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A digital library of public-domain Arabic-language content. Funded by New York University Abu Dhabi, this mass digitization project aims to expose up to 15,000 volumes from NYU and partner institutions over a period of five years. NYU and the partner institutions are contributing materials in literature, business, science, and more, from their Arabic-language collections. ACO will provide digital access to printed books drawn from rich Arabic collections of prominent libraries. Interface is in English and Arabic; metadata can be searched in either language but content is not searchable. Content can be viewed online through a reader or downloaded in .pdf format.
The first full-text searchable digital library of early printed books in Arabic script. Covering religious literature, law, science, mathematics, astrology, alchemy, medicine, geography, travel, history, chronicles, and literature, and including European translations of Arabic works and Arabic translations of European books, it exemplifies the long exchange of ideas and learning between Europe and the Arabic-speaking world.
Includes Perso-Arabic and roman alphabets. The option for exclusively searching entry words only encompasses the Perso-Arabic words. The roman transliteration of entry words is not consistently available for entries and so is not searchable.
A website designed to help researchers decipher illegible words in Ottoman manuscripts. Based on the legible letters and the symbols for illegible letters entered into the boxes, LexiQamus's algorithm provides a list of possible words matching the search criteria, drawing from a collection of historical dictionaries. Possible hits link to the off-site Ottoman-English dictionary, Osmanlıca Sözlükler, with definitions.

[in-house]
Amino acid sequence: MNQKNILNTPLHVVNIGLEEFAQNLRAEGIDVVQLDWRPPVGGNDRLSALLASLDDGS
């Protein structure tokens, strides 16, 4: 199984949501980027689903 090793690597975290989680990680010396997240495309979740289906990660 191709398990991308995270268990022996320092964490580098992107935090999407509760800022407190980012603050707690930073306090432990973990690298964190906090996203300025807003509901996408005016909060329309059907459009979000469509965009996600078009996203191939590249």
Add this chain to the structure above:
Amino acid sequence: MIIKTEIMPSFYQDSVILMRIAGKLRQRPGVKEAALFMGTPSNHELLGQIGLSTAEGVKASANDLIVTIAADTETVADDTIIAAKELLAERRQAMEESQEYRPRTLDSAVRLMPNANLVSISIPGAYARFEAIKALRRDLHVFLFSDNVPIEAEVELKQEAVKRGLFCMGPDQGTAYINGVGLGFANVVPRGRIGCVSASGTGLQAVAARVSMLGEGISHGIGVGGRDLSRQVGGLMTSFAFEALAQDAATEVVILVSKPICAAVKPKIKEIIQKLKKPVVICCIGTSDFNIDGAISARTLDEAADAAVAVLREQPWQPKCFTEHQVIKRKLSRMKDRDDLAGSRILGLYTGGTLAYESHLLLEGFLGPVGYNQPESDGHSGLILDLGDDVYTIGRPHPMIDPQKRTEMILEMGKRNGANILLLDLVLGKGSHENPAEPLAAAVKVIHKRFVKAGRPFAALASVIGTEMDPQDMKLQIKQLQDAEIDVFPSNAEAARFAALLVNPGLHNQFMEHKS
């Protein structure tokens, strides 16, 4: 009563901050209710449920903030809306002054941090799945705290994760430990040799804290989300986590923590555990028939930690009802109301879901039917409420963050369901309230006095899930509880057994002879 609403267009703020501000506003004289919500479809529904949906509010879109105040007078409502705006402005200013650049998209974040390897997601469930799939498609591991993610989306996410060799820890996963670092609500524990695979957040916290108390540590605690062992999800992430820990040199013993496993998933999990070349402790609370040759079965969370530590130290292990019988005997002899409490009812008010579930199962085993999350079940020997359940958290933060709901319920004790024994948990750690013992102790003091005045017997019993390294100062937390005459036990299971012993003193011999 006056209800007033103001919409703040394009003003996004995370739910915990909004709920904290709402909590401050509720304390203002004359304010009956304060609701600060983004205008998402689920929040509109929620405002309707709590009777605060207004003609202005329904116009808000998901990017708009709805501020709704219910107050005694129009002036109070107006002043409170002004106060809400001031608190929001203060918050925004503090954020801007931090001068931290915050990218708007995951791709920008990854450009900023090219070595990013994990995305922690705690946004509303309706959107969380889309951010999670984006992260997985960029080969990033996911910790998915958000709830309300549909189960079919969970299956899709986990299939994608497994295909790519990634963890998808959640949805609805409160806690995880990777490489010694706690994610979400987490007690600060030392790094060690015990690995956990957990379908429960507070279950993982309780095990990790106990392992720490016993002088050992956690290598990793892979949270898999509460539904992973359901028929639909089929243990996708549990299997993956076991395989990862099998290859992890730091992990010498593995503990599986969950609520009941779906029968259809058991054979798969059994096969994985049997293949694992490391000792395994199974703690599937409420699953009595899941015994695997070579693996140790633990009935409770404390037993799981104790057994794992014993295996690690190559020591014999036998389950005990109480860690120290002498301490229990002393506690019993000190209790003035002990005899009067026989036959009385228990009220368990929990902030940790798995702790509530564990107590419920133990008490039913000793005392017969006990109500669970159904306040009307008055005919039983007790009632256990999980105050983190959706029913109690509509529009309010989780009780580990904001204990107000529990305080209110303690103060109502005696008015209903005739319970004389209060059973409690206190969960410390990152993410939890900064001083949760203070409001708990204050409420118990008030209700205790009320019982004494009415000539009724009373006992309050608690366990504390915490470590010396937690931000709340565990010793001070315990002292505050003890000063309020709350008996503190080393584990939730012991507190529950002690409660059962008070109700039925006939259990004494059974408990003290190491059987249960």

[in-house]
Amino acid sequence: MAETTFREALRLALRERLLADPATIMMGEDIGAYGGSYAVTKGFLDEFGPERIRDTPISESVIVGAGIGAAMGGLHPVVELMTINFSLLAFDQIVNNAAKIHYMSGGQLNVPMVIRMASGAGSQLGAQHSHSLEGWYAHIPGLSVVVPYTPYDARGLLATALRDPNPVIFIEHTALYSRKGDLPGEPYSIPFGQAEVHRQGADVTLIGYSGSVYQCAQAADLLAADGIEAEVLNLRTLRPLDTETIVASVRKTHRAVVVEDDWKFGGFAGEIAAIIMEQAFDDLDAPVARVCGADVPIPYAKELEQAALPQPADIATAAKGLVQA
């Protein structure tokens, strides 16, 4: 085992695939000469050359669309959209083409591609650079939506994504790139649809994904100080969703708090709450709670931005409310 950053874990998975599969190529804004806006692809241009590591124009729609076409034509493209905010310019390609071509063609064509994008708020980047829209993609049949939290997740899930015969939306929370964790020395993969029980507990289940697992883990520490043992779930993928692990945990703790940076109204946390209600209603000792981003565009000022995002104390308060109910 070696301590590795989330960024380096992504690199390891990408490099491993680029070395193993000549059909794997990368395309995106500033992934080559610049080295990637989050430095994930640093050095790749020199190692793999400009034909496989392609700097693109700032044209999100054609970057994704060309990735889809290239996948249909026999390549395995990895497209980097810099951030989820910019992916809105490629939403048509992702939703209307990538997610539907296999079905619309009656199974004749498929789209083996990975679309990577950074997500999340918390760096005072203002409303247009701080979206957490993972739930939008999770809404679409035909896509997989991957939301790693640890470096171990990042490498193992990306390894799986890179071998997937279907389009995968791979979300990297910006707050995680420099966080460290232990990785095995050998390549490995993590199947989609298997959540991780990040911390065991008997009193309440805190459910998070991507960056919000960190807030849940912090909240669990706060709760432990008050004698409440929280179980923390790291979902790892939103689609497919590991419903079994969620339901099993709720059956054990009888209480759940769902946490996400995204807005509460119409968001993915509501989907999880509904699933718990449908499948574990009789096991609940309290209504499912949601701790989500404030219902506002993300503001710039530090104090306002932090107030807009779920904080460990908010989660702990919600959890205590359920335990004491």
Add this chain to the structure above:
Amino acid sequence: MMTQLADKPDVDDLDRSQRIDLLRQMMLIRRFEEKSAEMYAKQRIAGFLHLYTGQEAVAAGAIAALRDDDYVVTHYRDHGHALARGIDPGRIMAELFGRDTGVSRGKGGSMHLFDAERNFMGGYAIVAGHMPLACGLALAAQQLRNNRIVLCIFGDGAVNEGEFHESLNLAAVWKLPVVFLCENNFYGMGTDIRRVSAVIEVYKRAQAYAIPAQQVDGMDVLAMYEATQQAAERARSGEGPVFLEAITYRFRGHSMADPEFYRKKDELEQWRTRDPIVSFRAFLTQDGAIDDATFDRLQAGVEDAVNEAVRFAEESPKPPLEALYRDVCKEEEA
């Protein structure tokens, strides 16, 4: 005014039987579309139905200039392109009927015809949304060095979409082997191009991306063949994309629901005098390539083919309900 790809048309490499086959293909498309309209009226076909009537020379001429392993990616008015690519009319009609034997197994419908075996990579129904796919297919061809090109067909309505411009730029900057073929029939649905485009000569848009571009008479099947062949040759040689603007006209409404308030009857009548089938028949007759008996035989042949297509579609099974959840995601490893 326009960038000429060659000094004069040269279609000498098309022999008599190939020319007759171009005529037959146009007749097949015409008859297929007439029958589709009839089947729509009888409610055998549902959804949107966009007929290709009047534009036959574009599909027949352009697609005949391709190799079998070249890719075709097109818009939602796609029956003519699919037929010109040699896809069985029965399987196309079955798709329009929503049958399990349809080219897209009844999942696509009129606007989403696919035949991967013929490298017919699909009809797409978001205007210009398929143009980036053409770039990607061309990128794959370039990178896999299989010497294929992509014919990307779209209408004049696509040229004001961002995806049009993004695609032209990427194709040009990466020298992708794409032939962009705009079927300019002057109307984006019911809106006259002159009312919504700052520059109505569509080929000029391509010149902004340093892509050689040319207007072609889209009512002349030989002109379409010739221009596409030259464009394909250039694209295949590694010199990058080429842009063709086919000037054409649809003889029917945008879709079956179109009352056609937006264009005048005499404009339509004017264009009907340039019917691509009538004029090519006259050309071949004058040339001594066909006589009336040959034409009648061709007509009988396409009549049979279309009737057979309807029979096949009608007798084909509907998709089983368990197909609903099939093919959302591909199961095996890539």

This digitized collection of selected volumes of medical books and manuscripts, dating from 1300 to 1921, is drawn from the Medical Historical Library, Cushing/Whitney Medical Library, and reflects the Arabic and Persian intellectual efforts that translated, augmented, and transmitted Greek and Roman medical knowledge to Western societies during the Renaissance. It includes fully digitized manuscripts in Arabic and Persian as well as digital versions of early Latin, French, and English translations of Arabic medical works.
Includes 90-day archive of major newspapers in Arabic, Persian, and Turkish, as well as selected newspapers published in Western languages in Middle Eastern countries. Also a rich resource for current newspapers from all over the world, in a variety of languages.
Source for information on U.S. and international companies and executives. Includes print and online journals, television and radio broadcasts, newswires and blogs; local, regional, national and international newspapers; legal sources for federal and state cases and statutes, including U.S. Supreme Court decisions since 1790. Replaces LexisNexis academic. Full-text searchable in Arabic script; in addition to major Western-language news resources, provides full-text access to news sources in Arabic, Turkish, and Hebrew.
The first full-text searchable digital index of journal articles in Persian. Covers a wide variety of topics in the humanities and social sciences. Indexes over 1500 journals and provides downloadable .pdf files.